As it happened, one participant, Gretchen Brandt, had been a young girl coming of age in Germany during Hitler’s rise to power and repeatedly exposed to Nazi propaganda during her childhood. During Milgram’s experiment, when the learner began to complain about a “heart condition,” she asked the experimenter, “Shall I continue?” After administering what she thought was 210 volts, she said, “Well, I’m sorry, I don’t think we should continue.”
Experimenter: The experiment requires that you go on until he has learned all the word pairs correctly.
Brandt: He has a heart condition, I’m sorry. He told you that before.
Experimenter: The shocks may be painful but they’re not dangerous.
Brandt: Well, I’m sorry. I think when shocks continue like this they are dangerous. You ask him if he wants to get out. It’s his free will.
Experimenter: It is absolutely essential that we continue.
Brandt: I’d like you to ask him. We came here of our free will. If he wants to continue I’ll go ahead. He told you he had a heart condition. I’m sorry. I don’t want to be responsible for anything happening to him. I wouldn’t like it for me either.
Experimenter: You have no other choice.
Brandt: I think we are here on our own free will. I don’t want to be responsible if anything happens to him. Please understand that.
She refused to continue, and the experiment ended. Milgram wrote, “The woman’s straightforward, courteous behavior in the experiment, lack of tension, and total control of her own action seem to make disobedience a simple and rational deed. Her behavior is the very embodiment of what I envisioned would be true for almost all subjects.”
Asked afterward how her experience as a youth might have influenced her, Brandt said slowly, “Perhaps we have seen too much pain.”
(From Thomas Heinzen and Wind Goodfriend, Case Studies in Social Psychology, 2019.)
This innocent-looking poser has been floating around social media. Trial and error might lead you to the solution (-1,4,11) — that’s not quite valid, as one of the values is negative, but it’s simple enough to be encouraging. Right?
Scottish mathematician Allan MacLeod introduced the problem in 2014, and it found its way onto the web in this Reddit thread. Alon Amit runs through a solution here, but it’s very steep. He writes, “Roughly 99.999995% of the people don’t stand a chance at solving it, and that includes a good number of mathematicians at leading universities who just don’t happen to be number theorists. It is solvable, yes, but it’s really, genuinely hard.”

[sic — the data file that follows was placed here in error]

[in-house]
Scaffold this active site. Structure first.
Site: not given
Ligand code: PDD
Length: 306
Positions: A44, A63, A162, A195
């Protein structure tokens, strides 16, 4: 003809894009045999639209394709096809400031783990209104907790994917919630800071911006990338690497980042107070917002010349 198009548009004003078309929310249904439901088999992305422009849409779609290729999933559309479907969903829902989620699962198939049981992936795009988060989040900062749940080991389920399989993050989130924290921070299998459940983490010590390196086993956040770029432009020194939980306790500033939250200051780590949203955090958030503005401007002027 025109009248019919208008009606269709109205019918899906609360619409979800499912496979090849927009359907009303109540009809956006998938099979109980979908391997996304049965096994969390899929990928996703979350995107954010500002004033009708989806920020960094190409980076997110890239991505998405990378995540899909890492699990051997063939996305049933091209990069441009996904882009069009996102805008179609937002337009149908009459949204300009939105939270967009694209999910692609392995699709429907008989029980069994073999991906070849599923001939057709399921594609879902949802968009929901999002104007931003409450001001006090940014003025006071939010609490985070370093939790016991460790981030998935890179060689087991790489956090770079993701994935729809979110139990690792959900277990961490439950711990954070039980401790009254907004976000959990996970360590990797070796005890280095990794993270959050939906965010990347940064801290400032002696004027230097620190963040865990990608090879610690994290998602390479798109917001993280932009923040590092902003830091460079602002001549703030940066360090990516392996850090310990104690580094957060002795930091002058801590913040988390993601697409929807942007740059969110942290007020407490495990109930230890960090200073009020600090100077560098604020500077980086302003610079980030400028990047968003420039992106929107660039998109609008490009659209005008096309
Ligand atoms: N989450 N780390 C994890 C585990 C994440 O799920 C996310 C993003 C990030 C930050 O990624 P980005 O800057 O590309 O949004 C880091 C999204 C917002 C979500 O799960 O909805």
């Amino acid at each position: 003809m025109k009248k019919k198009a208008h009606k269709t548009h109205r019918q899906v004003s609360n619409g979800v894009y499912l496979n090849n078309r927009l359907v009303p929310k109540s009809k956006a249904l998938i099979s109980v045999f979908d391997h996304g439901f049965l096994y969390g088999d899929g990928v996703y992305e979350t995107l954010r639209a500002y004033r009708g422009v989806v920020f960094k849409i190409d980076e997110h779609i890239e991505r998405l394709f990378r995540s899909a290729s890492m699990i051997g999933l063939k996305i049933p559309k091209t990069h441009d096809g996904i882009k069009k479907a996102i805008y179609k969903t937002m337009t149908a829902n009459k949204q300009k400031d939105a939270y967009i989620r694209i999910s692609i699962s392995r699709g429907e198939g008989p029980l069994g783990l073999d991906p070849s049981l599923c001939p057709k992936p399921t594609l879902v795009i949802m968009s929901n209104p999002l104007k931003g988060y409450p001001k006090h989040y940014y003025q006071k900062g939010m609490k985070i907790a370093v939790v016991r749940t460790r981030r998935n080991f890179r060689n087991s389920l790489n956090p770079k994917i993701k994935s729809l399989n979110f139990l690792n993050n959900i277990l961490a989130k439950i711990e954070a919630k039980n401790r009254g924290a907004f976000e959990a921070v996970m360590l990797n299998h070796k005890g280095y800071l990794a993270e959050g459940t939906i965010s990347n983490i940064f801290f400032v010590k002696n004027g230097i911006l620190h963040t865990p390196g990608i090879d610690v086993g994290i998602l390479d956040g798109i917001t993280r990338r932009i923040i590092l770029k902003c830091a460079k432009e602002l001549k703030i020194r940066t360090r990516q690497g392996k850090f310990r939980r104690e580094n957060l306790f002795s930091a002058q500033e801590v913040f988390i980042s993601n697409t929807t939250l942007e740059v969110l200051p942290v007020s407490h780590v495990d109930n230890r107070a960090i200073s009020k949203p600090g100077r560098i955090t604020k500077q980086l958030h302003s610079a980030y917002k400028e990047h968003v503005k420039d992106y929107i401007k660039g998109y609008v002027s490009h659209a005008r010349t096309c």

The eruption of Mount Tambora in 1815 was a disaster for the Dutch East Indies, but its astonishing consequences were felt around the world, blocking the sun and bringing cold, famine, and disease to millions of people from China to the United States. In this week’s episode of the Futility Closet podcast we’ll review the volcano’s devastating effects and surprising legacy.
We’ll also appreciate an inverted aircraft and puzzle over a resourceful barber.
“It is true that you may fool all the people some of the time; you can even fool some of the people all the time; but you can’t fool all of the people all the time.”
This is commonly attributed to Abraham Lincoln, though it’s not clear that he actually said it. In 2004 mathematician Paul Stockmeyer noticed that its meaning is somewhat ambiguous, too. If we use P(x) to denote the predicate “x is a person,” T(y) to denote the predicate “y is a time,” and F(x, y) to denote the two-argument predicate “x is fooled at time y,” then the first phrase of the quotation, “It is true that you may fool all the people some of the time,” might mean either
The first statement means “For every possible x, if x is a person then there exists a y such that y is a time and moreover x is fooled at time y” (or, more coloquially, “For every person, there is a time when that person is fooled”).
The second means “There exists a y such that y is a time and moreover for every x, if x is a person then x is fooled at time y (or “There is a time when everyone is simultaneously fooled”).
Which is the right interpretation? Stockmeyer polled his classes and found them nearly equally divided. And that’s only the first phrase of the quotation! Does the second phrase, “you can even fool some of the people all the time,” mean that there are people who remain constantly fooled about everything — or that you can always find a fool at any given time?
“However they are interpreted, they serve as a wonderfully effective preparation for his main point contained in the third phrase,” Stockmeyer writes. “And this phrase, with two quantifiers of the same type, is completely unambiguous.”
(Paul K. Stockmeyer, “What Did Lincoln Really Mean?” College Mathematics Journal 35:2 , 103-104.)